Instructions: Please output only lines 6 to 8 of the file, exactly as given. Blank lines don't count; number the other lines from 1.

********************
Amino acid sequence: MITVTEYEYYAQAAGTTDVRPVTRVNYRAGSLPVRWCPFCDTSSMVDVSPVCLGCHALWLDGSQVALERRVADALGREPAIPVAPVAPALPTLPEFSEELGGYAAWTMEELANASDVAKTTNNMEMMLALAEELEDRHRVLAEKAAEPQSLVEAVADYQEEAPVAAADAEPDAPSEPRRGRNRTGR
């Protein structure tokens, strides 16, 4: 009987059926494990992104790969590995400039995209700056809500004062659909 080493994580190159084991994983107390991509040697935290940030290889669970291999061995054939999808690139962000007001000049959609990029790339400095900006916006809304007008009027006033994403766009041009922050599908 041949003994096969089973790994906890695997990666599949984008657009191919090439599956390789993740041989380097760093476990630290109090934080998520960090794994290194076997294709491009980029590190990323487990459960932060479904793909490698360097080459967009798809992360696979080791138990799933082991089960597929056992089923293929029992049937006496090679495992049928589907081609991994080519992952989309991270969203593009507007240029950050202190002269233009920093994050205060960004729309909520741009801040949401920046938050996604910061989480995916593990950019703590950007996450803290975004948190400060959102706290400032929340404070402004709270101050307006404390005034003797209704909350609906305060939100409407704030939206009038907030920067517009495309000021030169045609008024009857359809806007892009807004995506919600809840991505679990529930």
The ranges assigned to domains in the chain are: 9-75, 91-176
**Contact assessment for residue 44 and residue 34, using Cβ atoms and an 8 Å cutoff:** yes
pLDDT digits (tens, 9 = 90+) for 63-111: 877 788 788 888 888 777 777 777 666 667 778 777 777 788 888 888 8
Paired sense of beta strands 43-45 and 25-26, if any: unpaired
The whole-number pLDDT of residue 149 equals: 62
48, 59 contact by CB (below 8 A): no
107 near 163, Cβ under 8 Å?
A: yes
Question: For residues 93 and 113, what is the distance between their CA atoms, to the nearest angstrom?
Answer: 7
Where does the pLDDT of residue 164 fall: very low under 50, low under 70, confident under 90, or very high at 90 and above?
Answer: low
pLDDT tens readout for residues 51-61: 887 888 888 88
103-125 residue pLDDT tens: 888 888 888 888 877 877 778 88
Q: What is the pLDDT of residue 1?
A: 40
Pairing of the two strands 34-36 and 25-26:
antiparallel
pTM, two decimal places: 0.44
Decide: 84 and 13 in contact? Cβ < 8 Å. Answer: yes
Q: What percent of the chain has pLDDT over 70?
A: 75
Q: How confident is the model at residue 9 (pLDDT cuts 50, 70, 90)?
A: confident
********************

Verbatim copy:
Paired sense of beta strands 43-45 and 25-26, if any: unpaired
The whole-number pLDDT of residue 149 equals: 62
48, 59 contact by CB (below 8 A): no